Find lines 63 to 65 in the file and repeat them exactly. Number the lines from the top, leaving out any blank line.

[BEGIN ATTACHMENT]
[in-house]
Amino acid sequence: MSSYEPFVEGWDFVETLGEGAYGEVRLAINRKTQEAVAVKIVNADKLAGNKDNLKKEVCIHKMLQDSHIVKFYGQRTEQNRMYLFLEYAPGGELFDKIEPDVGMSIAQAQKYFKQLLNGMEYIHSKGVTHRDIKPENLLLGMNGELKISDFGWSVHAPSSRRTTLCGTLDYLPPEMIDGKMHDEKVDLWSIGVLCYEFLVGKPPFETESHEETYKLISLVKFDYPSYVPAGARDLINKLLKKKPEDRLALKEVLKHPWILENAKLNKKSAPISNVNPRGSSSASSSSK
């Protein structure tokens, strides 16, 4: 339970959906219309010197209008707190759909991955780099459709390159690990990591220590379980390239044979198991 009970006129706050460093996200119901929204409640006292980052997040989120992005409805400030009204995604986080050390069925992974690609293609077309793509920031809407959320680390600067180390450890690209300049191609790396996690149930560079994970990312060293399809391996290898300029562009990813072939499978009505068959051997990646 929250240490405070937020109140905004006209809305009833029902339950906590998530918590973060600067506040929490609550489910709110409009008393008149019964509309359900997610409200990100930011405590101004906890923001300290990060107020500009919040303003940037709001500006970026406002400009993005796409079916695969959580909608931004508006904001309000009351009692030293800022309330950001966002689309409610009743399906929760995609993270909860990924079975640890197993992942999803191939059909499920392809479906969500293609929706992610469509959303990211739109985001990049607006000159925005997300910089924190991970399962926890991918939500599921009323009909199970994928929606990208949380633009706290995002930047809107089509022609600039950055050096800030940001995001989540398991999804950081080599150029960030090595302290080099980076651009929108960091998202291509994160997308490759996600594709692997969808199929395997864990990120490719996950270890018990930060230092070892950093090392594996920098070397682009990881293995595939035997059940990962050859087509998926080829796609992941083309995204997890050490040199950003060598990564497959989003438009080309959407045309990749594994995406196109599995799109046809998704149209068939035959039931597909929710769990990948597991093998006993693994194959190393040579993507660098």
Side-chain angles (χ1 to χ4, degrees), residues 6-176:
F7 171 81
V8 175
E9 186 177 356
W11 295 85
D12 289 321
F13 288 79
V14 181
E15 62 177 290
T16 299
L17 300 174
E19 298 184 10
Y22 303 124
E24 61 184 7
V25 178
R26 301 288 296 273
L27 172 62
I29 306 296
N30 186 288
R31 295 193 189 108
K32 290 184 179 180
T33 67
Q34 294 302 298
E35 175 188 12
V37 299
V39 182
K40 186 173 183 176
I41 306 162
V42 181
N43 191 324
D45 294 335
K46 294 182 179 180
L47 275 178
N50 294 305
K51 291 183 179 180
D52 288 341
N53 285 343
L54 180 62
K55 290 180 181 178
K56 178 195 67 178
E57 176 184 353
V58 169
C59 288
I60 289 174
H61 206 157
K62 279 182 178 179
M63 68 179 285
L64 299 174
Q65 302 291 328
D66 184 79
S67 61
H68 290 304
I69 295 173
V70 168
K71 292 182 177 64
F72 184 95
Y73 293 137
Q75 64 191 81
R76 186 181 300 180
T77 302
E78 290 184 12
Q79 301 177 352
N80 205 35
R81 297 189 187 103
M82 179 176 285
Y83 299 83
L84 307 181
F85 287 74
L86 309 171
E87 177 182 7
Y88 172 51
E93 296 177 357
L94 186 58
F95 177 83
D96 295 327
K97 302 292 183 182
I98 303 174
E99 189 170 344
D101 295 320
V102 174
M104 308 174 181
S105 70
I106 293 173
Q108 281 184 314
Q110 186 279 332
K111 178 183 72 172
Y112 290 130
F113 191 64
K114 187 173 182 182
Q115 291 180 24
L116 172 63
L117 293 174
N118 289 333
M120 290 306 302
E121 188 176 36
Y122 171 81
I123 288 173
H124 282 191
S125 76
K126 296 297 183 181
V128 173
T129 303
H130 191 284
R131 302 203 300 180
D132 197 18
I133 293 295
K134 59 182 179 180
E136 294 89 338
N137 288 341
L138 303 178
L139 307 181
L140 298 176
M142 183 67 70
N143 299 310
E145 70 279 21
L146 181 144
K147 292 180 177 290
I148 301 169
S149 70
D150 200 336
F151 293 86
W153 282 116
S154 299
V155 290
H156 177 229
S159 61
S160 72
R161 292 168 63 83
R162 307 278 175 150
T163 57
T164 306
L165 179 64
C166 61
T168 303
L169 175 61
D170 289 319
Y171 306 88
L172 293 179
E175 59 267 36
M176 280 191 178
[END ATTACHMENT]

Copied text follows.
T77 302
E78 290 184 12
Q79 301 177 352